Wednesday, January 15, 2014

Doctrines of the Christian Faith 2: Nature of God

We shall begin our discussion of the Doctrines of the Christian Faith with the most important being in the universe, God. Much has been mentioned about the fact that God exists in our Apologetics Series; however, little has thus far been discussed about God's nature. All we really have is some mystical creature who is eternal, immutable, and entirely perfect. This post wishes to discuss three attributes of God. Obviously, there are several attributes of God and each is as important as the next, but we only have so much time to discuss the nature of the Lord, and some (several) omissions had to be made.


Math tells us that 1 and 1 and 1 is 3, not 1. Our ability to understand how a being can be three different persons at the same time is difficult to understand or even envision. 

We always like to view analogies to help us understand the Trinity. The most common analogies I hear is that of water and its three stages (gas, liquid, solid)  and the egg and its three parts (the shell, white, yoke). However, I find the former analogy insufficient to describe the fact that the Lord is three people in one at the same time, and the latter analogy fails to convey to me the unity of the Lord as I can differentiate the shell from the yoke quite easily in my mind. 

Thus, I prefer a third analogy given by Christian comedian Mike Warnke about a cherry pie. It could just as easy be apple or blueberry pie, but apparently Mr. Warnke liked cherry pie. When you cut a cherry pie into three pieces and leave it on a plate, the pie filling is going to go back together and remain united with the other two pieces. Similarly, the Lord's outward appearance (or his "Crust") is cut into three pieces, but He is still all united as one person underneath. That is the Trinity of God.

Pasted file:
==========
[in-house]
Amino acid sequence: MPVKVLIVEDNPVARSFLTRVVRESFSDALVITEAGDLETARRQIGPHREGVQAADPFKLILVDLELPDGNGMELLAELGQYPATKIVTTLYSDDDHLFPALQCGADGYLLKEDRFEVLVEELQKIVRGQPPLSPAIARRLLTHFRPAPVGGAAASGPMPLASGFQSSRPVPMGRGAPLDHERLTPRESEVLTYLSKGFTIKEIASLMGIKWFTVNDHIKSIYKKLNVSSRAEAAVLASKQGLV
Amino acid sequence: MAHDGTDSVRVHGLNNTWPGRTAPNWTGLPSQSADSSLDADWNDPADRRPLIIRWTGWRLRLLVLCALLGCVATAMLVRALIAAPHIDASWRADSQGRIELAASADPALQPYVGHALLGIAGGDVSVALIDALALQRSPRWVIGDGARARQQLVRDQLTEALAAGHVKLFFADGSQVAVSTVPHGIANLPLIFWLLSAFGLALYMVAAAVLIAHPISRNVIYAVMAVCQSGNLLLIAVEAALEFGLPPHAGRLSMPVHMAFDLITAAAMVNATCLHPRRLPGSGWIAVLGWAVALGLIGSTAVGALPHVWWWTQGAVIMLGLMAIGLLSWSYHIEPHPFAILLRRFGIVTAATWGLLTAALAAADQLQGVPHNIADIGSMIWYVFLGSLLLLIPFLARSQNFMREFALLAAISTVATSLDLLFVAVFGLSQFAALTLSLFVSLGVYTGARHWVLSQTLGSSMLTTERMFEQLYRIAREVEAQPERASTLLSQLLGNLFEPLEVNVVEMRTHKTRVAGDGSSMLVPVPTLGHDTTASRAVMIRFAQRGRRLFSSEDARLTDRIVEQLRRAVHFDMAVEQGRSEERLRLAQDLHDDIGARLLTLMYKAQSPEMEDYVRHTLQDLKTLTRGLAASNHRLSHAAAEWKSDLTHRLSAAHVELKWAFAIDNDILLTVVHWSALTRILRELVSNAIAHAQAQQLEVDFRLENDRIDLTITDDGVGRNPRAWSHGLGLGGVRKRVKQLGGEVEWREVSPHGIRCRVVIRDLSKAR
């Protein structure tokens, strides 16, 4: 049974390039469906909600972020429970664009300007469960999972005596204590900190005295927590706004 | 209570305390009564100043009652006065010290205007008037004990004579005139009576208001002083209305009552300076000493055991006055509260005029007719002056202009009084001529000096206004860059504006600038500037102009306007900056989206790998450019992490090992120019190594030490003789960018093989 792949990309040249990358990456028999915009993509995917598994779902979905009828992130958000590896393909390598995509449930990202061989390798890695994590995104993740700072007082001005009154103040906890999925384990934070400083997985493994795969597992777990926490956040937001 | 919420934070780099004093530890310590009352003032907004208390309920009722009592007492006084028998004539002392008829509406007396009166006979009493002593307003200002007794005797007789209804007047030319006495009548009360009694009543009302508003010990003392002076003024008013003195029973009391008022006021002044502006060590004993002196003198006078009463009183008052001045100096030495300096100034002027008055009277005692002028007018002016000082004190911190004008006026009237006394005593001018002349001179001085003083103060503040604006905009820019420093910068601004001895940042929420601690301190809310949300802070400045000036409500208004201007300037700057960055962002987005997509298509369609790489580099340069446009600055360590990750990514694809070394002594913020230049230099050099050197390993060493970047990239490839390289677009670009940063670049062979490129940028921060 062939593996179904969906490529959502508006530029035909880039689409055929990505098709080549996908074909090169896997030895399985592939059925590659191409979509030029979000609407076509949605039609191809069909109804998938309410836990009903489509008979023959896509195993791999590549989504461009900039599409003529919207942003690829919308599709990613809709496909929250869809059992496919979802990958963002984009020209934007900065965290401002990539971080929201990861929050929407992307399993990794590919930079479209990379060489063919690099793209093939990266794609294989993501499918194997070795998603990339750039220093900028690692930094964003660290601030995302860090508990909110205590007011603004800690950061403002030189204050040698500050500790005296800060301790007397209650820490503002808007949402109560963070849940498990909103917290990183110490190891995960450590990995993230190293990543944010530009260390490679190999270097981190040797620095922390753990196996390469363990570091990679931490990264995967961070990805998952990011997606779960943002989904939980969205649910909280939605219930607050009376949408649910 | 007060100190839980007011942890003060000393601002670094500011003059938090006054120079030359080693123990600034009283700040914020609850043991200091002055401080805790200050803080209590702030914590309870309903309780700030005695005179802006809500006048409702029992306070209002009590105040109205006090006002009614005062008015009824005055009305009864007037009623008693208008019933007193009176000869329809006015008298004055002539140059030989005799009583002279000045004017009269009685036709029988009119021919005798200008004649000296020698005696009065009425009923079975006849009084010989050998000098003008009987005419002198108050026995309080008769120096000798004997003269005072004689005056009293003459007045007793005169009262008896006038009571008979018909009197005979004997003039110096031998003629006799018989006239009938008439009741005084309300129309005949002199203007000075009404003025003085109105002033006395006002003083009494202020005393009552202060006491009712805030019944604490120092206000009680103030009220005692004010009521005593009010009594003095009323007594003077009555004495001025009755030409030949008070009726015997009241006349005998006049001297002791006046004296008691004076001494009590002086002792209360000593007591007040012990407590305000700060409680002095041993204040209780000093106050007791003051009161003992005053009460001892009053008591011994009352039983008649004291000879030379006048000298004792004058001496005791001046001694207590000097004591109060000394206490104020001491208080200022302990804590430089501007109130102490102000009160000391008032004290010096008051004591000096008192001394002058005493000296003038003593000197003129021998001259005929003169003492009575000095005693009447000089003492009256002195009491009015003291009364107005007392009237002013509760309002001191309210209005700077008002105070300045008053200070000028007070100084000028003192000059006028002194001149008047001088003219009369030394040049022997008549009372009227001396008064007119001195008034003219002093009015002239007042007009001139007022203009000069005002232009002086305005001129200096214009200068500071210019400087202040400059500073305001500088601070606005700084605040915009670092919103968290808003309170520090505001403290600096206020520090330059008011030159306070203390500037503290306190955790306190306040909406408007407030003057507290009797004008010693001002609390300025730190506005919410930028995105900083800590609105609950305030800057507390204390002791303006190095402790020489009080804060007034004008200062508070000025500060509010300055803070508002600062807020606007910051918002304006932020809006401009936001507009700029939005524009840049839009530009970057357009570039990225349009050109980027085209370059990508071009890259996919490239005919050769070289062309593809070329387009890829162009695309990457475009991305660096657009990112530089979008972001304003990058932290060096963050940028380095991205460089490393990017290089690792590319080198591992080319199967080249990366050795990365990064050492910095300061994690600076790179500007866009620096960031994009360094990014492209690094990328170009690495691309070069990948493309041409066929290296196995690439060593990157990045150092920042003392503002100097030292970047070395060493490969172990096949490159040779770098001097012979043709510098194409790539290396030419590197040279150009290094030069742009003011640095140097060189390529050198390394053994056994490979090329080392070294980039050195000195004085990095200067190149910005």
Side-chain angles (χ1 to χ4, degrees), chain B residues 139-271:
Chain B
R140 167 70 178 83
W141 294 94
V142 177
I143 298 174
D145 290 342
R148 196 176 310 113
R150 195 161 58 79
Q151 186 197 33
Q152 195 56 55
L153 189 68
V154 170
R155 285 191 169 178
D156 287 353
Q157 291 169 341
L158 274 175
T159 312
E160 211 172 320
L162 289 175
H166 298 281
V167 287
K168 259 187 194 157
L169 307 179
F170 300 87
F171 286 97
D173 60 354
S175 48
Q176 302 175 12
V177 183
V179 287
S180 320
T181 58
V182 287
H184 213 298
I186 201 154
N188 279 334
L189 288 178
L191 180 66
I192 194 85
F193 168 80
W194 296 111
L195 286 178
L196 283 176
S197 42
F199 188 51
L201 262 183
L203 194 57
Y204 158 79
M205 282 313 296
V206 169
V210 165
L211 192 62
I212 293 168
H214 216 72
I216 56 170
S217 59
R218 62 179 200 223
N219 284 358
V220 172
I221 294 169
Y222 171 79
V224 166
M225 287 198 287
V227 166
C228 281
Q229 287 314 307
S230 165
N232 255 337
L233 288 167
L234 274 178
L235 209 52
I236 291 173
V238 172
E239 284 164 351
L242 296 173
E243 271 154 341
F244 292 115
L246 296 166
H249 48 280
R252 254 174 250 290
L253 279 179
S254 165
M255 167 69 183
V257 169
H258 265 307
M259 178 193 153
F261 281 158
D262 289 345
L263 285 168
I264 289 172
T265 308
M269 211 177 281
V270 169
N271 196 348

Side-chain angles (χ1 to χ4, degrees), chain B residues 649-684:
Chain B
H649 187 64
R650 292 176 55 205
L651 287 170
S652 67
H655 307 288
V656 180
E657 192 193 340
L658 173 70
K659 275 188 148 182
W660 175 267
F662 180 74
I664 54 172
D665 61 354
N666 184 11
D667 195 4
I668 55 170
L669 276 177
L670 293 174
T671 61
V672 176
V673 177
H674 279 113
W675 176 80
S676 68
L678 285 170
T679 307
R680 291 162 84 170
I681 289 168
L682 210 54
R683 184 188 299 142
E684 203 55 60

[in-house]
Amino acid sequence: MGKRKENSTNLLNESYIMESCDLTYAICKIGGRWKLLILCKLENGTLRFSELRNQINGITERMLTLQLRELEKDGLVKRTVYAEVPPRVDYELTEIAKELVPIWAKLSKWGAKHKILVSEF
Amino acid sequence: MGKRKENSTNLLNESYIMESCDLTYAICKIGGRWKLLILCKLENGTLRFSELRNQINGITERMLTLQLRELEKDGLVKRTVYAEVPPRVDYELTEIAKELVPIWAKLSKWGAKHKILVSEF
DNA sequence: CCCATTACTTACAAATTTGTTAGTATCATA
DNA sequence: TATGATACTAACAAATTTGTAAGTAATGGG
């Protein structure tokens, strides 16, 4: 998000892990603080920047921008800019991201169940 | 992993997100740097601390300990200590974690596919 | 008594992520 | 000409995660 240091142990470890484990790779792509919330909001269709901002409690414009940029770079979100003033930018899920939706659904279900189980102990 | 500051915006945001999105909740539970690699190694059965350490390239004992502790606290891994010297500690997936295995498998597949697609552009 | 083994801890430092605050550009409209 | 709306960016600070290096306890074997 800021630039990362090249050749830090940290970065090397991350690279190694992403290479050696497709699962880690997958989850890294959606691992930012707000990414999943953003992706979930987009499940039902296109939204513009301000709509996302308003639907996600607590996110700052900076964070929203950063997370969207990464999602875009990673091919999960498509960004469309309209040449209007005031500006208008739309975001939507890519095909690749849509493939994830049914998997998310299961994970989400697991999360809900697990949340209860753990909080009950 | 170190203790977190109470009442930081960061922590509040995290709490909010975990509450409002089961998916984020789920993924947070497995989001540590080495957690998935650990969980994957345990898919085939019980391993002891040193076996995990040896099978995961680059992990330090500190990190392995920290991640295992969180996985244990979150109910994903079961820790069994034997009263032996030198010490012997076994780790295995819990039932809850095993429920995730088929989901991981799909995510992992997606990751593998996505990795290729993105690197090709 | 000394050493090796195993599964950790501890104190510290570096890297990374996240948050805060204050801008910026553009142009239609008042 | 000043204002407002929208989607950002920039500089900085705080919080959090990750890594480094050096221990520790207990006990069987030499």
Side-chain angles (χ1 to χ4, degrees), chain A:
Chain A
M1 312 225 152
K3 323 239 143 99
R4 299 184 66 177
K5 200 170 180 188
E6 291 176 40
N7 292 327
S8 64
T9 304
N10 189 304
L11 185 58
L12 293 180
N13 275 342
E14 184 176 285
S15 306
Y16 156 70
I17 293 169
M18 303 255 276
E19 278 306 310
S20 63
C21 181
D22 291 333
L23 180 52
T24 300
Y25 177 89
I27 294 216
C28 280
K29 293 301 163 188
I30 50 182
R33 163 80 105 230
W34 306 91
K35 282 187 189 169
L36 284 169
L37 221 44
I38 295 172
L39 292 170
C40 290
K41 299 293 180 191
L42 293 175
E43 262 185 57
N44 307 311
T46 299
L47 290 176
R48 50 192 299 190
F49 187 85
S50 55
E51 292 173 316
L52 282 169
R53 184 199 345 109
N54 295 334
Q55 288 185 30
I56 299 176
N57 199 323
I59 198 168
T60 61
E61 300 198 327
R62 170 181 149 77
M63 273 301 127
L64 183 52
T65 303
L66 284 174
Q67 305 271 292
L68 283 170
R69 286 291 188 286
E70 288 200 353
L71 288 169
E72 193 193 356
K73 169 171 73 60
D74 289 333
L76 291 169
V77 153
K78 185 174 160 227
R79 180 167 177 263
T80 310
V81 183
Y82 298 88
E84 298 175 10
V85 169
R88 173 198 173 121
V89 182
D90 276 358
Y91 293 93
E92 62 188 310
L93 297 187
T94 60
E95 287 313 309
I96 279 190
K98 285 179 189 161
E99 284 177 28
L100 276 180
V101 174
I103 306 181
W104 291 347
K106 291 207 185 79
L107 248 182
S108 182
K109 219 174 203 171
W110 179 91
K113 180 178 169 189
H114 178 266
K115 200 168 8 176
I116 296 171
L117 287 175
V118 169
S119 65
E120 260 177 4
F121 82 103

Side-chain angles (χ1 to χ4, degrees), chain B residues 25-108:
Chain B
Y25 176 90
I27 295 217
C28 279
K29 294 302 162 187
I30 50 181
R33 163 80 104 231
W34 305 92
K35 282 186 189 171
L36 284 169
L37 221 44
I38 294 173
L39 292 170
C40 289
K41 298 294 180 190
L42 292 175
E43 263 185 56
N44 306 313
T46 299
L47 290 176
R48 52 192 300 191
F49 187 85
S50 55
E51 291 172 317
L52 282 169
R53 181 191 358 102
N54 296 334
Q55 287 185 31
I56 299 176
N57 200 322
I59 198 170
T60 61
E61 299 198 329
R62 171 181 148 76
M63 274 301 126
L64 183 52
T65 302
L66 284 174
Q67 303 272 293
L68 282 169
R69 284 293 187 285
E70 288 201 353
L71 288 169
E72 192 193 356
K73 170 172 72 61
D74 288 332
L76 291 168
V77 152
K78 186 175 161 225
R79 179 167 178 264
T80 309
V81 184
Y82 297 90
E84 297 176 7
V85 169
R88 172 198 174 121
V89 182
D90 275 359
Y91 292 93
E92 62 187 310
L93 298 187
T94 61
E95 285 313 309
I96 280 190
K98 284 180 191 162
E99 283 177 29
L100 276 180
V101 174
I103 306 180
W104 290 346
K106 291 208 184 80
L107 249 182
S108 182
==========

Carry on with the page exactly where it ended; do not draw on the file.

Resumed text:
Now that we have our analogy to better understand how the Trinity could even work, let us examine the proof and persons of the trinity. Matthew 28:19 explains,
"Go ye therefore, and teach all nations, baptizing them in the name of the Father, and of the Son, and of the Holy Ghost:"

Matthew Henry's Commentary on the Bible says of this phrase,
"This was intended as the summary of the first principles of the Christian religion, and of the new covenant, and according to it the ancient creeds were drawn up. By our being baptized, we solemnly profess, (1.) Our assent to the scripture-revelation concerning God, the Father, Son, and Holy Ghost. We confess our belief that there is a God, that there is but one God, that in the Godhead there is a Father that begets, a Son that is begotten, and a Holy Spirit of both. We are baptized, not into the names, but into the name, of Father, Son, and Spirit, which plainly intimates that these three are one, and their name one. The distinct mentioning of the three persons in the Trinity, both in the Christian baptism here, and in the Christian blessing (2 Cor. 13:14), as it is a full proof of the doctrine of the Trinity, so it has done much towards preserving it pure and entire through all ages of the church."

But we have not begun to discuss the attributes and purpose of each person within the Trinity. To keep it simple, the theologian Boardman writes,
"The Father is all the fullness of the Godhead invisible. The Son is then the fullness of the Godhead manifested, and the Holy Spirit is the fullness of the Godhead making manifest"

Although this summary is nice, it fails to provide us with an acknowledgement of what each person in the Trinity does. Thus, we will remind ourselves of each's purpose and function in God's plan of salvation. First, God the Father is the invisible standard of glory and perfection. God the Son was manifested into a man to take the punishment for our sins. Finally, God the Holy Spirit makes manifest to us the need we have for salvation through Christ by showing how we fail to live up to the standard of the Father.